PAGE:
Refits were necessary in 22 eyes (36.1%), including base curve changes in 17 eyes (27.9%), evenly divided between tighter (9) and looser (8) fits. Five eyes had changes in the hydrogel skirt only. Thirteen eyes had power changes. Two or 3 refits were necessary in 13 eyes (21.3%) throughout the course of follow-up.



Figure 2

Figure 2. Relation between final SynergEyes fit (Syn) and the steep K (St. K).



Complications occurred in almost one third of the eyes (19 of 61 eyes, 31.1%). The most common were GPC and allergies in 7 eyes (11.5%). These patients were treated with topical mast cell stabilizers and/or antihistamines. DES was diagnosed in 5 eyes (3 patients). A corneal abrasion occurred in 1 eye over a scar, but the patient was able to resume the contact after healing and use of ointment at bedtime. One corneal ulcer less than 1 mm in diameter with surrounding edema and neovascularization occurred in a patient with atopy. This responded to intensive topical antibiotic treatment. The patient resumed lens use but decreased the wear time from 15 to 16 hours per day to 10 hours. Two contact lenses developed tears in the hydrogel portion and not the RGP/hydrogel junction (Table 1). Four of the eyes with complications were refit with looser base curves, including 2 with DES and 2 with worsening allergies. One eye with GPC was refit with a looser skirt.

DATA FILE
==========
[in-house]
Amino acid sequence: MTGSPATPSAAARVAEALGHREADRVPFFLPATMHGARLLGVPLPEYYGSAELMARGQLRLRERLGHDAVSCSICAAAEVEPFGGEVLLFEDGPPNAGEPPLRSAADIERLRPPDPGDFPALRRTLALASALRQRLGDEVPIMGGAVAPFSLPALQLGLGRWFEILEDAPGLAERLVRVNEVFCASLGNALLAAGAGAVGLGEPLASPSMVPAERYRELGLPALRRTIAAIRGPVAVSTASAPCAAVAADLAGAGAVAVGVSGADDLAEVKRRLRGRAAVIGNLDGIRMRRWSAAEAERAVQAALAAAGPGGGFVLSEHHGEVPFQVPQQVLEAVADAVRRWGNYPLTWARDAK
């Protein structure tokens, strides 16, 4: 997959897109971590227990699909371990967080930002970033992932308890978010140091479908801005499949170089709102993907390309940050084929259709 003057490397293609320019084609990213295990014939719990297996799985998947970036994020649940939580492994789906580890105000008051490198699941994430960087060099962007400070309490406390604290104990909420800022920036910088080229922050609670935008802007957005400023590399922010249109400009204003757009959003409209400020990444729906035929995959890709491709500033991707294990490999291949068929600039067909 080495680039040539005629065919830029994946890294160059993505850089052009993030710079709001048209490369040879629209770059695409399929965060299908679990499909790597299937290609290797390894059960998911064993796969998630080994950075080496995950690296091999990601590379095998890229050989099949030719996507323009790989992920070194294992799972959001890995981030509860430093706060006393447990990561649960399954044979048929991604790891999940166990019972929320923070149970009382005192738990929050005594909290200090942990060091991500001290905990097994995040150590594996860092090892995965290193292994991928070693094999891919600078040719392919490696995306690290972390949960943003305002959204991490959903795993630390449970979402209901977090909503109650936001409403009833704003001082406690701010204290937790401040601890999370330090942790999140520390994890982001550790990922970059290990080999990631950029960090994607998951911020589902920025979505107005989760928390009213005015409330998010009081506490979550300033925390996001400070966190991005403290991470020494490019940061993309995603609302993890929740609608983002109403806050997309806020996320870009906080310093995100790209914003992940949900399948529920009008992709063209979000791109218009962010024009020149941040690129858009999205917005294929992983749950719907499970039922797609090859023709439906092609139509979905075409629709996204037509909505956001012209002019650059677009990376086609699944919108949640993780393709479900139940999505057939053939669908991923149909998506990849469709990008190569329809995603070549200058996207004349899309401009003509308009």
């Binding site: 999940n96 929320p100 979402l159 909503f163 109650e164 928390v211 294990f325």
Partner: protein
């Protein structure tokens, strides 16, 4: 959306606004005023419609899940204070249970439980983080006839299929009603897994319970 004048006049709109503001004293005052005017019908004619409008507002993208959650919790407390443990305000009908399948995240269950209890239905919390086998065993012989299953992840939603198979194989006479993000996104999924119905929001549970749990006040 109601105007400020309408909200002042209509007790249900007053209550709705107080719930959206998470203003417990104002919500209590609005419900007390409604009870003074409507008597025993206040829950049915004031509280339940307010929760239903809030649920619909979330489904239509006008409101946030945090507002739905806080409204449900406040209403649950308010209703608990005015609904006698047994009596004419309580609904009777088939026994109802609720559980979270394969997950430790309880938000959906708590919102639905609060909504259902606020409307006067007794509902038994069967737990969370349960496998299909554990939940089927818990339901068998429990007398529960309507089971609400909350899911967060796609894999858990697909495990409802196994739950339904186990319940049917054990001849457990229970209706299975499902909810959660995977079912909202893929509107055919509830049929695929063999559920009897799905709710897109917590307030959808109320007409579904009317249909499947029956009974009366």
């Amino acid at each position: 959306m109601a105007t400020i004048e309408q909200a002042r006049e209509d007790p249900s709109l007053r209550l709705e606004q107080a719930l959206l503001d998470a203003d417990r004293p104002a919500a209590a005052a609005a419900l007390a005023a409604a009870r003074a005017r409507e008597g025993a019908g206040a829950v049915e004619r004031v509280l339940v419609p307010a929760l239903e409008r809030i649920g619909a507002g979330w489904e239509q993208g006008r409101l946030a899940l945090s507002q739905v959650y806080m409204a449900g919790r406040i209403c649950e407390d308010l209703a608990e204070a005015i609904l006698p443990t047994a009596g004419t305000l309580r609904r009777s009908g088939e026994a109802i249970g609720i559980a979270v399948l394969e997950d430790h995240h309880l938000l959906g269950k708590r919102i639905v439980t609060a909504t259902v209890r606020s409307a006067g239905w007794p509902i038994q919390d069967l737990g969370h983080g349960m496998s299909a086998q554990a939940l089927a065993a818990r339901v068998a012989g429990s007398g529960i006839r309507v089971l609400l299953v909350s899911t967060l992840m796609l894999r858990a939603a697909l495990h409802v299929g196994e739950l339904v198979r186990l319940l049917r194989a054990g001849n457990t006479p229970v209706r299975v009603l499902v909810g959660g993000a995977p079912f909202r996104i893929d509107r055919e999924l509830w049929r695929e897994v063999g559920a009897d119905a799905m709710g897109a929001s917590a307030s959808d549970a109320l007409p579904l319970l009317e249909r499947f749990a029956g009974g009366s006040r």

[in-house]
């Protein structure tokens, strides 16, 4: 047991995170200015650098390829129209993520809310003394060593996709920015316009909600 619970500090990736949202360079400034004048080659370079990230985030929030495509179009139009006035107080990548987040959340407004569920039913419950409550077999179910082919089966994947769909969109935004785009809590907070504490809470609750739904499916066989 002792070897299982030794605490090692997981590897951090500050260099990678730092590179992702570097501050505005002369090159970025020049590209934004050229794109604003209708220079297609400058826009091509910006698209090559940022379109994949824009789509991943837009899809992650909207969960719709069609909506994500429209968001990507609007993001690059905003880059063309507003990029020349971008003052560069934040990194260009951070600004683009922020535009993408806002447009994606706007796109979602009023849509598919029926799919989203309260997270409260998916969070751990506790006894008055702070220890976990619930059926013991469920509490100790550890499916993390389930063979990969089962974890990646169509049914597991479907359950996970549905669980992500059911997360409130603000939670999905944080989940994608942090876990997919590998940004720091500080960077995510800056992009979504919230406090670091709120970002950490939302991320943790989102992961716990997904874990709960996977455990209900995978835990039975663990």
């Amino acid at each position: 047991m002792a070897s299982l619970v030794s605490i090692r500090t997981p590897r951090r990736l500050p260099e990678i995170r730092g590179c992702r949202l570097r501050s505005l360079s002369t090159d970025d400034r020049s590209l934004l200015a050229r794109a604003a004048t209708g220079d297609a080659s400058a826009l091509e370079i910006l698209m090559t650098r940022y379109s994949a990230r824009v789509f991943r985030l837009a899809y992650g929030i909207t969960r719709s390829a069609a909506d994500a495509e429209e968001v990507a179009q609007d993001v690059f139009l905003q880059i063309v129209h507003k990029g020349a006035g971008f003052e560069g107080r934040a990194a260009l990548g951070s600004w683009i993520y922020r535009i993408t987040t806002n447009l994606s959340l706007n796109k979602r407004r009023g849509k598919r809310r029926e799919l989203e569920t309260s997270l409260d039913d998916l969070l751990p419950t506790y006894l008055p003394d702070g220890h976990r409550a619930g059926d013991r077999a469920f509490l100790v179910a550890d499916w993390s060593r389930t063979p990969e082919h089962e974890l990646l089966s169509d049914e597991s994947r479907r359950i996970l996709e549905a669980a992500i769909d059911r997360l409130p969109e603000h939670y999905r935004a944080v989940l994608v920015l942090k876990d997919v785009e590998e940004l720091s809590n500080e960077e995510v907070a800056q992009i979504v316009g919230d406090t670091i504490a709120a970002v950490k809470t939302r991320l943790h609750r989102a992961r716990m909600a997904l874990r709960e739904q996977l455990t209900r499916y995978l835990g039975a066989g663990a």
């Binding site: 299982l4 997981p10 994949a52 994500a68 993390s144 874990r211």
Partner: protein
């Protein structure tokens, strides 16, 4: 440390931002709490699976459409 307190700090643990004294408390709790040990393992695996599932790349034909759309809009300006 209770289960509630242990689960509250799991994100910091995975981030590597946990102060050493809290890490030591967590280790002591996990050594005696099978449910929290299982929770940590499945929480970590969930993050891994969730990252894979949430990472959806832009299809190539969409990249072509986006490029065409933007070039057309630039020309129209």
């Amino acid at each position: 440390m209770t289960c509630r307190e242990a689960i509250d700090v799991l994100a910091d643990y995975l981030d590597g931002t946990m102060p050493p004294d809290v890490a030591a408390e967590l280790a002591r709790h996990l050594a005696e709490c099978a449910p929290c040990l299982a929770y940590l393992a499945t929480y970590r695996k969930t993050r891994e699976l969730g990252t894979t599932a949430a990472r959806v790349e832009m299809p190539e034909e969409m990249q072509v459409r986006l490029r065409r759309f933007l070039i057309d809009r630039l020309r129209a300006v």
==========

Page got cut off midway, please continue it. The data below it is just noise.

The most common complaint was discomfort, occurring in 16 eyes (26.2%), resulting in the stoppage of the contact in 5 eyes and accounting for (5 of 8 eyes) 62.5% of the failures. Interestingly, 1 patient decided to resume SoftPerm lenses because it came in a looser base curve (8.1) and then returned to be refit with the SynergEyes when the company provided lenses with the looser parameters (Table 2).

Failures occurred in only 8 of 61 eyes (13.1%) of 7 patients; lens discontinuation was early in 5 patients (1–2 months). The reason for failure was discomfort in 5 eyes. Two patients underwent PKP and 1 is considering PKP; 1 eye went back to RGP’s and 1 resumed SoftPerm lenses temporarily. Unsatisfactory vision was the cause of failure in 3 eyes, 2 of whom returned to RGP. One remained without correction because it was the same as with the contact lens (20/40) because of a traumatic cataract in this eye and had a PKP in the other eye (Table 3).